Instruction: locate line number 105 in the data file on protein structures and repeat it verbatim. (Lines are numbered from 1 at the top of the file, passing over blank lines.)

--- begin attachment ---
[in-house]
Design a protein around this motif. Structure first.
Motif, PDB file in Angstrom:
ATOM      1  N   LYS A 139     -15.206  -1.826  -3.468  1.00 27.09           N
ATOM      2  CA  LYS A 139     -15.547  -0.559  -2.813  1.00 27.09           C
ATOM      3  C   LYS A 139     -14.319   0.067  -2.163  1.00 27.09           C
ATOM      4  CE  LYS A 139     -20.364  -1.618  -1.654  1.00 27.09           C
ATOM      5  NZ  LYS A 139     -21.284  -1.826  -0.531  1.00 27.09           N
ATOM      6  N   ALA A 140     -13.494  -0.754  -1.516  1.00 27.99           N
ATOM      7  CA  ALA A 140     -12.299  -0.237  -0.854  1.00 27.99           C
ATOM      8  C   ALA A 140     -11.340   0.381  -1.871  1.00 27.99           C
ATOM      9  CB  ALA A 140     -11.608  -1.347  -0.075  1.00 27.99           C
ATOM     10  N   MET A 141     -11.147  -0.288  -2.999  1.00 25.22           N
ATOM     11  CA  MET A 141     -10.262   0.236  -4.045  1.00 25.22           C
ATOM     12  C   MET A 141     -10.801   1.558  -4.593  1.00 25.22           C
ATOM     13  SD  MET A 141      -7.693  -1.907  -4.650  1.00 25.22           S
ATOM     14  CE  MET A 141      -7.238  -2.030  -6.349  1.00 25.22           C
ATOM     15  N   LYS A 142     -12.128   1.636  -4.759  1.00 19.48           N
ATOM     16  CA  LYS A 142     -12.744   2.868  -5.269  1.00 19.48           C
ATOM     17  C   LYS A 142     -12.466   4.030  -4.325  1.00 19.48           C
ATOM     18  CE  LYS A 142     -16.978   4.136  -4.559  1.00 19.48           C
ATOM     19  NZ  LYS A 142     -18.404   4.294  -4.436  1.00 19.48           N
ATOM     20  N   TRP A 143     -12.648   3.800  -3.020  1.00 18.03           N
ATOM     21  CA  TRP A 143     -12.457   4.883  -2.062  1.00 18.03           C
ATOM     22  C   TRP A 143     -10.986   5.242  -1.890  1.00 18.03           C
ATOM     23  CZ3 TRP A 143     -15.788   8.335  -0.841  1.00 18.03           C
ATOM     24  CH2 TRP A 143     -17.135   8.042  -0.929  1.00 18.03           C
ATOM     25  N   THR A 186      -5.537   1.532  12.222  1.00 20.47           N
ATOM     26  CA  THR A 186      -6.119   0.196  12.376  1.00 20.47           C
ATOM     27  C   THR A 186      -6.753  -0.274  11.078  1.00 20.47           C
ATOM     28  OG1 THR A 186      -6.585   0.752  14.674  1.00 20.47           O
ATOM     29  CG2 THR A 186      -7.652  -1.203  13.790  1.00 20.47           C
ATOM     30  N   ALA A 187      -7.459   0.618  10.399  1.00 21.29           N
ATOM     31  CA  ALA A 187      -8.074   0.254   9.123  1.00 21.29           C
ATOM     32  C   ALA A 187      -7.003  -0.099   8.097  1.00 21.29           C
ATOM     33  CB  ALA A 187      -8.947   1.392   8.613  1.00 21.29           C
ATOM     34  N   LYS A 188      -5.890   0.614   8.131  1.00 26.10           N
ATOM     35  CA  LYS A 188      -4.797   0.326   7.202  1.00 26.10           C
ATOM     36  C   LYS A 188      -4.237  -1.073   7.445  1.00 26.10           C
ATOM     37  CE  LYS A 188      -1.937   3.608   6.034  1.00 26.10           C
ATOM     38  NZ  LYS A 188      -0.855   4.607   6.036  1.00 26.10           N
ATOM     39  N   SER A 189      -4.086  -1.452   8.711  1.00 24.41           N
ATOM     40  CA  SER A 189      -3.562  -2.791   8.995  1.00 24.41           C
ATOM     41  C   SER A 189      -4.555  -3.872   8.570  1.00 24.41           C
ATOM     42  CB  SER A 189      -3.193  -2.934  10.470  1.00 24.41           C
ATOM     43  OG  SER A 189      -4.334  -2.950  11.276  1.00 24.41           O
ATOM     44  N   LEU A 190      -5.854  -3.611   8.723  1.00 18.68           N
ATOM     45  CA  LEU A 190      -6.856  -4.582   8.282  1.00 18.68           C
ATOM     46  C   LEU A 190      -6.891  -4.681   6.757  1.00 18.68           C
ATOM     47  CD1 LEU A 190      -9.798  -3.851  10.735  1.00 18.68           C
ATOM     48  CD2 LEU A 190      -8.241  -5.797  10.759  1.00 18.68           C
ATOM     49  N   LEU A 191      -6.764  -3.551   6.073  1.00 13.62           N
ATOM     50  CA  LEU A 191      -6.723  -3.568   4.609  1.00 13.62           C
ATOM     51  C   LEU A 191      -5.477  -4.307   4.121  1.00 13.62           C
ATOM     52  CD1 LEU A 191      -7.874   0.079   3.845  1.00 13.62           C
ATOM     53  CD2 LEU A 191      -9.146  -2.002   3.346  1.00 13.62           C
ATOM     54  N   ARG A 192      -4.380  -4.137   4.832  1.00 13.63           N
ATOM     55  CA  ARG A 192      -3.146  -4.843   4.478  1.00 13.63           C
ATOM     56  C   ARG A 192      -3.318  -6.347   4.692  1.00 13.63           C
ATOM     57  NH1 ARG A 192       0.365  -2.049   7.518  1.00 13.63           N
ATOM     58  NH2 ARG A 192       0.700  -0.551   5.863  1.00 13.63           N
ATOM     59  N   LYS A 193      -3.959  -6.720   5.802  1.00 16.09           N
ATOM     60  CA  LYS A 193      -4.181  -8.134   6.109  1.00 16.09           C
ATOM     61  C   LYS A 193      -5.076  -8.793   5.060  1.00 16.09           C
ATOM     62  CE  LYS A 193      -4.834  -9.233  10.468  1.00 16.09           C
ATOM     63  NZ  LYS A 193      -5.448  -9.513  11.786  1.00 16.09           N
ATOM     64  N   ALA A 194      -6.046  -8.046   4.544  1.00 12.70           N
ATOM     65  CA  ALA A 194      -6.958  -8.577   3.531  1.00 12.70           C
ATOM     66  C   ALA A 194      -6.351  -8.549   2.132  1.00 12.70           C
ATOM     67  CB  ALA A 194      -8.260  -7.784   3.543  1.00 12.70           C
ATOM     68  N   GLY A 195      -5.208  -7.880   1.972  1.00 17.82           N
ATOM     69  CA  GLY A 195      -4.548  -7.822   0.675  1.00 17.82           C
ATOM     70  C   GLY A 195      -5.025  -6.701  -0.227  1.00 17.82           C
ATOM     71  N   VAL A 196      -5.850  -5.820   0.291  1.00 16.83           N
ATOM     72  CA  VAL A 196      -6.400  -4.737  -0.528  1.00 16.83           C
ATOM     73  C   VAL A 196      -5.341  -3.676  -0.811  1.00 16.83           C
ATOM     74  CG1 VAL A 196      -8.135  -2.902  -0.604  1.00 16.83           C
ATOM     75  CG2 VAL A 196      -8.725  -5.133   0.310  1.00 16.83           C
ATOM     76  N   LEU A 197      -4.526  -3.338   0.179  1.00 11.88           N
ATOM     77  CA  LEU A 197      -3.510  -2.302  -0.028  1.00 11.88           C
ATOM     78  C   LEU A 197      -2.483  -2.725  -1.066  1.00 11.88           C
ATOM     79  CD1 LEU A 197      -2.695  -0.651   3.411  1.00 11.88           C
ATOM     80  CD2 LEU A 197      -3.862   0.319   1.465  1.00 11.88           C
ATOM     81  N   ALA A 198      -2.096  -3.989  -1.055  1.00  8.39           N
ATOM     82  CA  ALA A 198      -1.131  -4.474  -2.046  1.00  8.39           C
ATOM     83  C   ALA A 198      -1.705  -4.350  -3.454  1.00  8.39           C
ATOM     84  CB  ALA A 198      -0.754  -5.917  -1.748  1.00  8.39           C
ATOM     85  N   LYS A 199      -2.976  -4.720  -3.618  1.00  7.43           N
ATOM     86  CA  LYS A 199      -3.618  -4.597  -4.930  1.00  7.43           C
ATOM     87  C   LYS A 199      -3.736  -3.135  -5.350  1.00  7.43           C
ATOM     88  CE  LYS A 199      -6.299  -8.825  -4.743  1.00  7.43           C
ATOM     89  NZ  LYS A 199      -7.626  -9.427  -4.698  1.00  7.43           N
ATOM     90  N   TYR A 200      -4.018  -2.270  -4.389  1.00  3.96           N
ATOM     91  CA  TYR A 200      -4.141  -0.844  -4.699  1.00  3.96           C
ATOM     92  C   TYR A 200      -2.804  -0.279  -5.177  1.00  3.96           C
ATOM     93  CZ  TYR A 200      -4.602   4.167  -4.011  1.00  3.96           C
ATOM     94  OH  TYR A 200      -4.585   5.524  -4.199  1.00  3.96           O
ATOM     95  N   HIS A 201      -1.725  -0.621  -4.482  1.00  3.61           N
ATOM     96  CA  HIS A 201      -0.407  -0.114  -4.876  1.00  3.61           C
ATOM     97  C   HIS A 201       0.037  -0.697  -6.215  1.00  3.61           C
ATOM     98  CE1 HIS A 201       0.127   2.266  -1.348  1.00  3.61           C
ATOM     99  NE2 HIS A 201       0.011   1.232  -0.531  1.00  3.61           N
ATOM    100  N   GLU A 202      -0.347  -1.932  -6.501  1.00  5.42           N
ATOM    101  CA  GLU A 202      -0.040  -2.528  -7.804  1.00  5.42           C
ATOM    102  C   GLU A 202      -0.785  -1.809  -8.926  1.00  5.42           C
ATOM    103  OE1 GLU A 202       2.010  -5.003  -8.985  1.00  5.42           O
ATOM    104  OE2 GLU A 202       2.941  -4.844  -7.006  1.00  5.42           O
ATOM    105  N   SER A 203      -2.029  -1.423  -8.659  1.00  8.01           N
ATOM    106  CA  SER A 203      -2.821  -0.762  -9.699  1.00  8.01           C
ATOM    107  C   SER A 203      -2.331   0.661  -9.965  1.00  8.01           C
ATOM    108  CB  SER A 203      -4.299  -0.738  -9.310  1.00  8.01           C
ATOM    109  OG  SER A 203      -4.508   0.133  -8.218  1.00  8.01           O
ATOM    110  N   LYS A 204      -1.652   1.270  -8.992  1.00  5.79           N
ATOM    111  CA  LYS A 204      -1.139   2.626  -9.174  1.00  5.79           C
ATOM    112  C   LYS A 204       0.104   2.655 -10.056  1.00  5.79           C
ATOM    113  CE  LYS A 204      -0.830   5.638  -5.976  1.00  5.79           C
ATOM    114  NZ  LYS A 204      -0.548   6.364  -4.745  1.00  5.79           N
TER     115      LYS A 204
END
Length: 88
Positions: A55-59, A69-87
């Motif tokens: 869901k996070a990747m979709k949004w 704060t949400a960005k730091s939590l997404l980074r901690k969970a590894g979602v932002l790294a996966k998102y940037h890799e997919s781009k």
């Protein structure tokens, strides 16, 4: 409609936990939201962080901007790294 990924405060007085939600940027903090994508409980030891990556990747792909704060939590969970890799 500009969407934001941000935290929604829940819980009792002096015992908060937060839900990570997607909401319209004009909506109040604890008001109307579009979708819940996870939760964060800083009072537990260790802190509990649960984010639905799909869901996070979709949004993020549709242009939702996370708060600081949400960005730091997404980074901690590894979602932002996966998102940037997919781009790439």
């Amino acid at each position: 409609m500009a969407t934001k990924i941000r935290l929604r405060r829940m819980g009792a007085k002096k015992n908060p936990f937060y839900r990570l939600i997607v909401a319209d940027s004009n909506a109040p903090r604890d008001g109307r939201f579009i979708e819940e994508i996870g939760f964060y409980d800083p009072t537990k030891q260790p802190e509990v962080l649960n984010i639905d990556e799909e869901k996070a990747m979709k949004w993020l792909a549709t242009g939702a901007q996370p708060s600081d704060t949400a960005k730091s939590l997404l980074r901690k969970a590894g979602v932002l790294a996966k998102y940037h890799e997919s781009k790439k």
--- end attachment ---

ATOM    102  C   GLU A 202      -0.785  -1.809  -8.926  1.00  5.42           C